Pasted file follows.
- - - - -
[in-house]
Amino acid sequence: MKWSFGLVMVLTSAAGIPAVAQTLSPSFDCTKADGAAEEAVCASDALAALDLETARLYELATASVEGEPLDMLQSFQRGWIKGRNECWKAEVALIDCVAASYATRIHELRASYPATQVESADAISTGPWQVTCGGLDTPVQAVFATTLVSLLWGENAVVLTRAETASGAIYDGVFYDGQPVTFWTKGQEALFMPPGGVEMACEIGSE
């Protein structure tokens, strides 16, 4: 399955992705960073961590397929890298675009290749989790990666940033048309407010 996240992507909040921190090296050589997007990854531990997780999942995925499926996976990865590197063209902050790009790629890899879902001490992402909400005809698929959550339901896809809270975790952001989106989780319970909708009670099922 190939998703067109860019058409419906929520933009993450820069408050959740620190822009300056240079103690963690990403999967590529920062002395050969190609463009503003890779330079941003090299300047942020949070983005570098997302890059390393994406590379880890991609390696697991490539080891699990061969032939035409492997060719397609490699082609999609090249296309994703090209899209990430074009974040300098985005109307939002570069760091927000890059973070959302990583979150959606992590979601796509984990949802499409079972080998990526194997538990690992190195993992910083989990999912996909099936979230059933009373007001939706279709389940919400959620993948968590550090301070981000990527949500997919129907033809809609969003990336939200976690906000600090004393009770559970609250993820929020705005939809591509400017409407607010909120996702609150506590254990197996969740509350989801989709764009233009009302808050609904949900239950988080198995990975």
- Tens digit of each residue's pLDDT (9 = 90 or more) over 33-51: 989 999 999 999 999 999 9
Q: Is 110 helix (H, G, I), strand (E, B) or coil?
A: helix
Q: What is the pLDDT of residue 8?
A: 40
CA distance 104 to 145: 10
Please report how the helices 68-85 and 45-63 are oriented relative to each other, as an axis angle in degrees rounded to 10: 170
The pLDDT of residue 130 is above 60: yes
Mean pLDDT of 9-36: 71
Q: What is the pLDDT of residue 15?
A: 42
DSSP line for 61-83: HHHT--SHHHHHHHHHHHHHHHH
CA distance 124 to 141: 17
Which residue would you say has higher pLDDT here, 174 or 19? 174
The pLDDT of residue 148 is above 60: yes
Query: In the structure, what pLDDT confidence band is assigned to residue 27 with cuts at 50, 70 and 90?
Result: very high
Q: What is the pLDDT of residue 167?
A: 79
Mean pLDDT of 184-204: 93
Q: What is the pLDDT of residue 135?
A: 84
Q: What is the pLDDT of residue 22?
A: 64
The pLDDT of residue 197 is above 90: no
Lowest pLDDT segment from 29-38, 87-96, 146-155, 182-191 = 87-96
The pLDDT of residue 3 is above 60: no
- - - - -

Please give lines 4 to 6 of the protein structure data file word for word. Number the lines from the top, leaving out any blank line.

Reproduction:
- Tens digit of each residue's pLDDT (9 = 90 or more) over 33-51: 989 999 999 999 999 999 9
Q: Is 110 helix (H, G, I), strand (E, B) or coil?
A: helix